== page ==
I have a distinct memory that occupies a very tender space in my reminiscence. It has a little bit to do with the idea of aging, but mostly it signifies a moment in my life when I first felt truly alone. It was my mother’s 32 birthday.
I walked into our bright, linoleumed kitchen in the home we had on the little cul-de-sac in sunny California. The same kitchen where my Mother would bake apple pies from scratch, peeling the apples in spirals and letting me chew on the skin and watch. The same kitchen where I was caught sticking a wet finger in the sugar bowl, in an effort to quickly and efficiently scoop as much sugar into my mouth, which I instinctively knew was a bad choice, though no one specifically told me. Until I was caught. And then I was told. Firmly.
I saw this Mother of mine – the symbol of love, the first person I thought of upon waking – leaning with her back against the countertop. She smiled. I smiled. She told me it was her birthday. The light angled in from the window over the sink, attempting to illuminate the moment.
I told her it was impossible – there was no way it was her birthday. My exact words, at age six, were probably something like “Nu-uh.”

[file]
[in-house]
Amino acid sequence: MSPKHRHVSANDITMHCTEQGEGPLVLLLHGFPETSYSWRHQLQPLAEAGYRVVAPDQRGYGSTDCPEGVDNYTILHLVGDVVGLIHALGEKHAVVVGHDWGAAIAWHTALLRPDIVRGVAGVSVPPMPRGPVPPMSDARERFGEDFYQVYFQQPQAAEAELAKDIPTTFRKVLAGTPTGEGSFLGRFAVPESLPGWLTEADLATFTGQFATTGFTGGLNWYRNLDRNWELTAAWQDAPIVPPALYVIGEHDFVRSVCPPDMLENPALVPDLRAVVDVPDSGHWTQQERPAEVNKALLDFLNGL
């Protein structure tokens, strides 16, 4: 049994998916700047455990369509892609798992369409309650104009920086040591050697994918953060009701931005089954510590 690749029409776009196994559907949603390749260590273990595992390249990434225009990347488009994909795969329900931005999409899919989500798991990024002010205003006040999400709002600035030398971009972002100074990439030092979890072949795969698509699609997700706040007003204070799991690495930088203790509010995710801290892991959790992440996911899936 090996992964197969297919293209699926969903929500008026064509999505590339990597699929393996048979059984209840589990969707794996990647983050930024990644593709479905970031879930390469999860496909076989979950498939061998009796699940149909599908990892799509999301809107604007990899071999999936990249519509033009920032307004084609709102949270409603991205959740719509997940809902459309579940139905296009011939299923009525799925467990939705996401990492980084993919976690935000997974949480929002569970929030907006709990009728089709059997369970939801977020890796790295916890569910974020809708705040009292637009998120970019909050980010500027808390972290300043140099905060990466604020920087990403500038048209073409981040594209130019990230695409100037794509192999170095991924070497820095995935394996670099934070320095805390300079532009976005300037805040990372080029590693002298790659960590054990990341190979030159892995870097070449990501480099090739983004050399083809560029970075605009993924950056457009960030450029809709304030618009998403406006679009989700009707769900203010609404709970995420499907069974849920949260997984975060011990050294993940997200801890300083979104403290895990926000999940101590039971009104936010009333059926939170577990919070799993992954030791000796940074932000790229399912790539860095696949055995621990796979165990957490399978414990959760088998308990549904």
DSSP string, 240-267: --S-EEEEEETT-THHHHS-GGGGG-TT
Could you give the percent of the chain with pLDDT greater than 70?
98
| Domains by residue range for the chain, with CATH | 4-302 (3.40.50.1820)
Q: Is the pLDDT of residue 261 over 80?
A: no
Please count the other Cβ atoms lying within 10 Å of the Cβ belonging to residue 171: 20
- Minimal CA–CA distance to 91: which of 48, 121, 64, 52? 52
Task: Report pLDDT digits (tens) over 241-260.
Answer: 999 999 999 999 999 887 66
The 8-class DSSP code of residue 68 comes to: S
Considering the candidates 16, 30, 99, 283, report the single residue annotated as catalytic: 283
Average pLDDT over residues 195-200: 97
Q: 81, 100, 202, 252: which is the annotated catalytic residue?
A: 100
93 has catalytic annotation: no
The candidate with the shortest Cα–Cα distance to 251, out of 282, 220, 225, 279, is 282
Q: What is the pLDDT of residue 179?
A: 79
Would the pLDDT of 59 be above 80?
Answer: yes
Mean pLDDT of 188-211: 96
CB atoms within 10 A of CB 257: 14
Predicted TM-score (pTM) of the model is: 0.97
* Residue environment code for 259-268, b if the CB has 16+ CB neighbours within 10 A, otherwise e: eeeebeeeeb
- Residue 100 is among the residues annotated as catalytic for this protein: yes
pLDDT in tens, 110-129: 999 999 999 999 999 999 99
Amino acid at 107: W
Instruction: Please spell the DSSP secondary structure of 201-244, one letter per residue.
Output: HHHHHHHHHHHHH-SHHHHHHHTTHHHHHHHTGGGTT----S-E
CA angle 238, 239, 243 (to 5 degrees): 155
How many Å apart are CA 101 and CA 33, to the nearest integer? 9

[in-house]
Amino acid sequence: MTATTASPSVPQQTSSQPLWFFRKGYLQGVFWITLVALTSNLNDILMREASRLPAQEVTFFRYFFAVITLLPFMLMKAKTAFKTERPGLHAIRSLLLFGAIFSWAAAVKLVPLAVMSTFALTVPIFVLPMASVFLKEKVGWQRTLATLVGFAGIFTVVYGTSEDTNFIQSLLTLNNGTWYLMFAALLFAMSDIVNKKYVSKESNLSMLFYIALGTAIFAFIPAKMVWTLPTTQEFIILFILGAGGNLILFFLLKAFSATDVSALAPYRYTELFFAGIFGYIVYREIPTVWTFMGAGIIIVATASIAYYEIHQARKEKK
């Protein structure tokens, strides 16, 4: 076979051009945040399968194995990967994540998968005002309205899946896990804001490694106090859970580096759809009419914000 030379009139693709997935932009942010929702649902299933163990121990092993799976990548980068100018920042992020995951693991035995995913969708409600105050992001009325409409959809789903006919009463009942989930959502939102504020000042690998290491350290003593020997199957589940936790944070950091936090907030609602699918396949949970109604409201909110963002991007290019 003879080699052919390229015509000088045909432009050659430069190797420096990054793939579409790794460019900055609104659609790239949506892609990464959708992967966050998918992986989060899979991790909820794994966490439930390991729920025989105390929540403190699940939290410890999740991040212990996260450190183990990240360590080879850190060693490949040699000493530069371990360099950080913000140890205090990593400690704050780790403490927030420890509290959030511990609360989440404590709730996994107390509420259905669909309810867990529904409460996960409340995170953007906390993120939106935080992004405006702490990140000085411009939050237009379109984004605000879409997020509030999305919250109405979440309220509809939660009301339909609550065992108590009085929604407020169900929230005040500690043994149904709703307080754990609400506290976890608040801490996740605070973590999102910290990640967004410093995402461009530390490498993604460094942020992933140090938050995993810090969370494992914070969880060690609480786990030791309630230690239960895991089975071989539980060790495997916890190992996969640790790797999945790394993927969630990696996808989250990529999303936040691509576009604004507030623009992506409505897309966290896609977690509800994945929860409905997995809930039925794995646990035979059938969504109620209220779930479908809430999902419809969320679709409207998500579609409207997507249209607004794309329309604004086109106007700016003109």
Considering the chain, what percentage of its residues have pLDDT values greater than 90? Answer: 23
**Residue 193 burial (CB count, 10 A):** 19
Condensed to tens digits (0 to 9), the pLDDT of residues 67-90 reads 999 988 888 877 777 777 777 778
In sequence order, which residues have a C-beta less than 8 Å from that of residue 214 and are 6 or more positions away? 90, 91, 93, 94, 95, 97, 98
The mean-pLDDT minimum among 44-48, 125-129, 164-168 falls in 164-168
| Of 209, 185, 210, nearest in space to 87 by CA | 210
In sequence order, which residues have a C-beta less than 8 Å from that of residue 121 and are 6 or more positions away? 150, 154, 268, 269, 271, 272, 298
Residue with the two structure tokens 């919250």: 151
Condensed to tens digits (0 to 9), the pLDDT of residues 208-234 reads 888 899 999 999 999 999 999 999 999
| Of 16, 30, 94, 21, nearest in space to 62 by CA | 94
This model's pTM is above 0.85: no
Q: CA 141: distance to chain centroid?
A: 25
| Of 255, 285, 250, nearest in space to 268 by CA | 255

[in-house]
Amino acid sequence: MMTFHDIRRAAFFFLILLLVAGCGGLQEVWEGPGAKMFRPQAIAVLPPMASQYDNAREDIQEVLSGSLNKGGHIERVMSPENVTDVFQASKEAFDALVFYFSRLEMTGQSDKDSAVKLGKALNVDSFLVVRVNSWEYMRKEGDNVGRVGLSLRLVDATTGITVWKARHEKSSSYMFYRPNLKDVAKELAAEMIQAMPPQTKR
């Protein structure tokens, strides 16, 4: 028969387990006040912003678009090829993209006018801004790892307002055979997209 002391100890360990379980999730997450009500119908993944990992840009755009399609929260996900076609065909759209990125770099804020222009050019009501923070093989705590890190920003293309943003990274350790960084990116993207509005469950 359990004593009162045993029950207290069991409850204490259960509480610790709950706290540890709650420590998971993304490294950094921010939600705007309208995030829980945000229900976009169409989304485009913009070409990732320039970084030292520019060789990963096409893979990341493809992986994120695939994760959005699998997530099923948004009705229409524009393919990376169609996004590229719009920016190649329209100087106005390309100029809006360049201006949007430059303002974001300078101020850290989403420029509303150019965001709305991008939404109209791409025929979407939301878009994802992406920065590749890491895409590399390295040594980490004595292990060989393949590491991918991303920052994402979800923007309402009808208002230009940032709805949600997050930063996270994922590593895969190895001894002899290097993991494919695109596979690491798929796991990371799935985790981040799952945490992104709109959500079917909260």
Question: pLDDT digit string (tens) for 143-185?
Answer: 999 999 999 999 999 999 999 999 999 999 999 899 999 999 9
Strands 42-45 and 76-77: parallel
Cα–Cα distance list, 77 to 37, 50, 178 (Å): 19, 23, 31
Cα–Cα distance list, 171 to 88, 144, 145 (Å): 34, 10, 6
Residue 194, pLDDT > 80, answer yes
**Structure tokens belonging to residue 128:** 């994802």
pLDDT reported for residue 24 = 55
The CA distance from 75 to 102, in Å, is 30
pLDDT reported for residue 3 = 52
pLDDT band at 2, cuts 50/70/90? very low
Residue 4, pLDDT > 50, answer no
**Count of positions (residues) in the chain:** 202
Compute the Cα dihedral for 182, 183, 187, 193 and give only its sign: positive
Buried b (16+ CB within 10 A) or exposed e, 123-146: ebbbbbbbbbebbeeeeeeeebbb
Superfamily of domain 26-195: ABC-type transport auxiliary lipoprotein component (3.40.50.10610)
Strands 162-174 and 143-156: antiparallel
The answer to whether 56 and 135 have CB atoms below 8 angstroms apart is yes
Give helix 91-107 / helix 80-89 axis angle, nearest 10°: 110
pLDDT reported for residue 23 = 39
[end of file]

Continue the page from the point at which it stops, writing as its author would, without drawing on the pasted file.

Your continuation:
“It is,” she said. “It’s my birthday, I’m 32 today.”
“No. Momma. Look. I don’t turn seven until December 9th. It’s not even past Halloween yet.” I looked around for a calendar, a clock, my flashcards, something to help me explain.
She sipped her tea. “We weren’t born on the same day, Honey.” She sipped again. I just stared, the sound of her voice sounded faraway and tinny – like she was speaking through the drain of the nearby stainless steel sink. The sink that she would scoot a chair up to, after she wrapped me in an apron and outfitted me with yellow, dusty, gloves, so that I could help with dishes. The sink that I would watch the leftover milk and too-mushy-to-eat Cheerios splash into, almost every morning.
“What?” I asked.
“I’ve been alive a lot longer than you. My birthday is on a different day.” Another sip of tea. Another smile.
My memory stops there. Black. Motionless. But a feeling remains – hovers over the end of the revery. A realization that my Mother, my love, my comfort, my hug-machine, was NOT an extension of my own body. Maybe I looked at my arm, maybe I just wandered back into my room, absorbing this instant moment of maturity. I don’t remember.
What I do remember was how that changed my outlook on the world around me. The world a little bigger, me a little smaller. Everything a little less safe.
Except when I would hear my Mother sing, while she sat on the livingroom floor, strumming the guitar on her lap. That same California light reaching across the shiny yellow wood, and warming my back as I lay upon my stomach watching her. I would feel safe.
Three days ago I turned 32.
I have no daughter to reassure that she can face the world alone. So I reassured myself.
In some ways, I am still that six-year-old, looking for meaning by belonging. And in some ways, I am 32. I now see the choice in where I belong. And I am grateful that I, alone, make that choice for my life.